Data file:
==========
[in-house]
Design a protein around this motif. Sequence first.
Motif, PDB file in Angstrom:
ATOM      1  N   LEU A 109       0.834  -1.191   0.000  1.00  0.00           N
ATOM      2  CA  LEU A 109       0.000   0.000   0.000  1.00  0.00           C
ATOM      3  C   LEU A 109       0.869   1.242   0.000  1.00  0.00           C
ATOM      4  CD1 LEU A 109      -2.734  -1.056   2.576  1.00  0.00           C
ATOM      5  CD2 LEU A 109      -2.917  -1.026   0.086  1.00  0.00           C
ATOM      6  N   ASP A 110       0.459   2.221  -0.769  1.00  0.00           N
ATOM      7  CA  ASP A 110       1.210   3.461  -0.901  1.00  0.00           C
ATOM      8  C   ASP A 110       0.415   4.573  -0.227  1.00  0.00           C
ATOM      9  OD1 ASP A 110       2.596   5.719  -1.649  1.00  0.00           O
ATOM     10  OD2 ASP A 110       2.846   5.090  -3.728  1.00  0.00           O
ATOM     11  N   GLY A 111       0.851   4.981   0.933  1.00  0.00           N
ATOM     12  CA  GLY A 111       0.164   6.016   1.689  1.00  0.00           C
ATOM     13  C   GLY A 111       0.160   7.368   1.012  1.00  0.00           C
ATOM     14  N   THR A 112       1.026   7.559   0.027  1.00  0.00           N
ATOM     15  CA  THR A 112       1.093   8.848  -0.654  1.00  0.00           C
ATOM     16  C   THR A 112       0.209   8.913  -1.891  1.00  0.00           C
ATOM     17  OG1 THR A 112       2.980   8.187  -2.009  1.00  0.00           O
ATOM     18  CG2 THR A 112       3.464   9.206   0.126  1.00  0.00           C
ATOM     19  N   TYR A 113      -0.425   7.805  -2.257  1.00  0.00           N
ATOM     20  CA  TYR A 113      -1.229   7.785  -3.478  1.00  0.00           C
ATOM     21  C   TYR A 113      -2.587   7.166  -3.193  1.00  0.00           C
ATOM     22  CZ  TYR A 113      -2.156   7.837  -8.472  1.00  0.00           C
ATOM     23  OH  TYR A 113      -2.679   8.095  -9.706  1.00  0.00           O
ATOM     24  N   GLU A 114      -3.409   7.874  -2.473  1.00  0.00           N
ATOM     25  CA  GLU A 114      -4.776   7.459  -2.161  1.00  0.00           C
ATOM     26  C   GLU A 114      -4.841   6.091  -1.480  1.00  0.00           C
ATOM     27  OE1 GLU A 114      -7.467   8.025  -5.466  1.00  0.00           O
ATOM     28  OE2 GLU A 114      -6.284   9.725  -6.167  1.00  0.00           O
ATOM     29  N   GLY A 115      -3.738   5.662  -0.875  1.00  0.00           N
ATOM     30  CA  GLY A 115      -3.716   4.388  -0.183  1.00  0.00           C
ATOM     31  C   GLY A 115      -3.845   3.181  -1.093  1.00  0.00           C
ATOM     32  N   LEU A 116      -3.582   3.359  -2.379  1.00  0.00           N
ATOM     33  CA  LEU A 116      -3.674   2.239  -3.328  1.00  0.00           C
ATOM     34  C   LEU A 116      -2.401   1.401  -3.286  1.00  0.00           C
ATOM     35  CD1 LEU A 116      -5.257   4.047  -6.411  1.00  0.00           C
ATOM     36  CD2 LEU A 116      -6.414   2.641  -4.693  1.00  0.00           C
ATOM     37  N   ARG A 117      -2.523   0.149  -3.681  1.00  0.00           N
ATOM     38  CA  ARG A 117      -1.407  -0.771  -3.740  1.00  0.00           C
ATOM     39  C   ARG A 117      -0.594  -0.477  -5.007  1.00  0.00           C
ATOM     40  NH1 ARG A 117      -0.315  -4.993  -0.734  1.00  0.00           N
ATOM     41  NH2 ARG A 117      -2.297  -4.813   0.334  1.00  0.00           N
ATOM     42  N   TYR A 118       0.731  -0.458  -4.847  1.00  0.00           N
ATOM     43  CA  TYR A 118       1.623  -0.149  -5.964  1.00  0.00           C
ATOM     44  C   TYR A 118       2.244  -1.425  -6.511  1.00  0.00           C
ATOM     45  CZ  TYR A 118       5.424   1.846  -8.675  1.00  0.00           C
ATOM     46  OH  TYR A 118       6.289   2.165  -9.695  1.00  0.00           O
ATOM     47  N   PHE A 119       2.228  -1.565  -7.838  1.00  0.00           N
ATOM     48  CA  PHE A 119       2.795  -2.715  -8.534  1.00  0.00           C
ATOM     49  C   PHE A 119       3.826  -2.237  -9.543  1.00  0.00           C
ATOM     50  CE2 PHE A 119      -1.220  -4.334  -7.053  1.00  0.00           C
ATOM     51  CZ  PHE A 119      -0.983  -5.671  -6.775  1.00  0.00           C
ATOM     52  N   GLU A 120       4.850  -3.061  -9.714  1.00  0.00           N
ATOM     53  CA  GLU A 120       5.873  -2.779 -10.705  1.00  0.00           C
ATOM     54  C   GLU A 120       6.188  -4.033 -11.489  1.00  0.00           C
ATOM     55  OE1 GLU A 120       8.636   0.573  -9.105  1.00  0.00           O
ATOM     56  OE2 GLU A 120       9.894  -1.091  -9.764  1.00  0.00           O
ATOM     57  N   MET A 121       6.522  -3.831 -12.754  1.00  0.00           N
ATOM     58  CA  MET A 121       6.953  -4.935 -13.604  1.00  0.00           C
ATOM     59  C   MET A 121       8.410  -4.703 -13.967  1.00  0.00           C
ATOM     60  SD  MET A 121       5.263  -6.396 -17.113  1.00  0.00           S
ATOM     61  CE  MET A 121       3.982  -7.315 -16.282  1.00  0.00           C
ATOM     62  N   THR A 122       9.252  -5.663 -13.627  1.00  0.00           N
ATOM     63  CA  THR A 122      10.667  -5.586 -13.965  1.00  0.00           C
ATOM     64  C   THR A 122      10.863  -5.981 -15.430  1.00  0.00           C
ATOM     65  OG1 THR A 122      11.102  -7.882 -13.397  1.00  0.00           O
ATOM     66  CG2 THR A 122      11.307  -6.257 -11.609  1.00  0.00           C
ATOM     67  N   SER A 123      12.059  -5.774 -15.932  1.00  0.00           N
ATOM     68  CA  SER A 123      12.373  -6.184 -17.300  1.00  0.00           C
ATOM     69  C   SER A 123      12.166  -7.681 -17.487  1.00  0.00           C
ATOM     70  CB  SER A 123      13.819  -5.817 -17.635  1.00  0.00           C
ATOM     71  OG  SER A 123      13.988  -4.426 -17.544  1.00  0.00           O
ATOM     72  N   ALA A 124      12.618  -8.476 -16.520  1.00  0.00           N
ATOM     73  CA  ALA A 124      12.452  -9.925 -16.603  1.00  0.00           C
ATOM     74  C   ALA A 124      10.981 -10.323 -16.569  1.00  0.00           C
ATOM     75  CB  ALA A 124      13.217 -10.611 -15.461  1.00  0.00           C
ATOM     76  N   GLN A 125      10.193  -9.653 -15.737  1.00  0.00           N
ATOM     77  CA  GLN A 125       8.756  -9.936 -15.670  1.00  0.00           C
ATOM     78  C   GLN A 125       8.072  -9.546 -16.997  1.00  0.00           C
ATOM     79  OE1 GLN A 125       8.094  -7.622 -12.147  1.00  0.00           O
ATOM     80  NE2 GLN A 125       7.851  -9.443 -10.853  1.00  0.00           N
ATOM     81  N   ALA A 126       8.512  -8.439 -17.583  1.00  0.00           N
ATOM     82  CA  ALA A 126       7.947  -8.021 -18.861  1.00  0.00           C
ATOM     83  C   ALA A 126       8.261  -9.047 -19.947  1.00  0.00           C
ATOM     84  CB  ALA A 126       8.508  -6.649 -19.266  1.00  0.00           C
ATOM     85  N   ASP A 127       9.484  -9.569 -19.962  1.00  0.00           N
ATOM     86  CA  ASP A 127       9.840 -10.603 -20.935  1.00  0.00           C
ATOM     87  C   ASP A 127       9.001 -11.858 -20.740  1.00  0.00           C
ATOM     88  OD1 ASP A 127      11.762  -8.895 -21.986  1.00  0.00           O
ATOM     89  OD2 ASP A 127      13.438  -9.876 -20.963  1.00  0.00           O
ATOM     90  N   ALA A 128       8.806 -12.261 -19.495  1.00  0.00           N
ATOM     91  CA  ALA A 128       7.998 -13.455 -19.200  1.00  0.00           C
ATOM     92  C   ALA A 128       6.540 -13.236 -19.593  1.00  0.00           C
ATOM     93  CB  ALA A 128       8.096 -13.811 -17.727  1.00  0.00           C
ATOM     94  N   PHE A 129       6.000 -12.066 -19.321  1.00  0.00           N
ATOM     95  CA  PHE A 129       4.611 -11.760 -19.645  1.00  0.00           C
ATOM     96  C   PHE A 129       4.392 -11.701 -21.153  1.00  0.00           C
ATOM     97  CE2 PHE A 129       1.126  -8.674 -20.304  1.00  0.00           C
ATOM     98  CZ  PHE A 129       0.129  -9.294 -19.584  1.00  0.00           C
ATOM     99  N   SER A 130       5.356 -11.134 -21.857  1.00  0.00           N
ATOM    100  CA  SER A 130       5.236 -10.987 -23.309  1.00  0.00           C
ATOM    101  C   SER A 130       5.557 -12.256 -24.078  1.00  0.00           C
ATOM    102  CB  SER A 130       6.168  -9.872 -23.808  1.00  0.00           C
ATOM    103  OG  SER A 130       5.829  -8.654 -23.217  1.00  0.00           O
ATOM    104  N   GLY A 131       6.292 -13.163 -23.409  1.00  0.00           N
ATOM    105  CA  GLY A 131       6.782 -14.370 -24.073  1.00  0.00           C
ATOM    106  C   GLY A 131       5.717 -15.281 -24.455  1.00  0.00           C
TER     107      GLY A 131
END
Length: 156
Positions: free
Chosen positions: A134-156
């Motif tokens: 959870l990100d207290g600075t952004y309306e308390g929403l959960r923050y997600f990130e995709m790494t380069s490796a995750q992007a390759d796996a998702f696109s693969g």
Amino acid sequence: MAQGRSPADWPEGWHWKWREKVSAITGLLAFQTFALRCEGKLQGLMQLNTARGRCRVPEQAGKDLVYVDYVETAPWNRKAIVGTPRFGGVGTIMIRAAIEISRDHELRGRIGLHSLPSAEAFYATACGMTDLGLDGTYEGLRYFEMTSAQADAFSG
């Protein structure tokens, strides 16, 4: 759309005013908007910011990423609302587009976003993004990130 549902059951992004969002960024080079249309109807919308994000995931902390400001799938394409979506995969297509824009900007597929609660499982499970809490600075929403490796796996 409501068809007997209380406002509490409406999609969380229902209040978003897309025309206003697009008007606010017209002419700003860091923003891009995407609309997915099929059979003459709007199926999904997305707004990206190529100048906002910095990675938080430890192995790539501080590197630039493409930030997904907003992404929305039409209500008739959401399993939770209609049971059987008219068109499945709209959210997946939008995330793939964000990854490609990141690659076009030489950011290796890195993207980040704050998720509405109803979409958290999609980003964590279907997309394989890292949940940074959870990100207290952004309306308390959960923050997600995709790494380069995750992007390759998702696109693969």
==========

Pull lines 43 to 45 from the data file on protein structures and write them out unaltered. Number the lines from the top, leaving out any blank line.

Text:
ATOM     40  NH1 ARG A 117      -0.315  -4.993  -0.734  1.00  0.00           N
ATOM     41  NH2 ARG A 117      -2.297  -4.813   0.334  1.00  0.00           N
ATOM     42  N   TYR A 118       0.731  -0.458  -4.847  1.00  0.00           N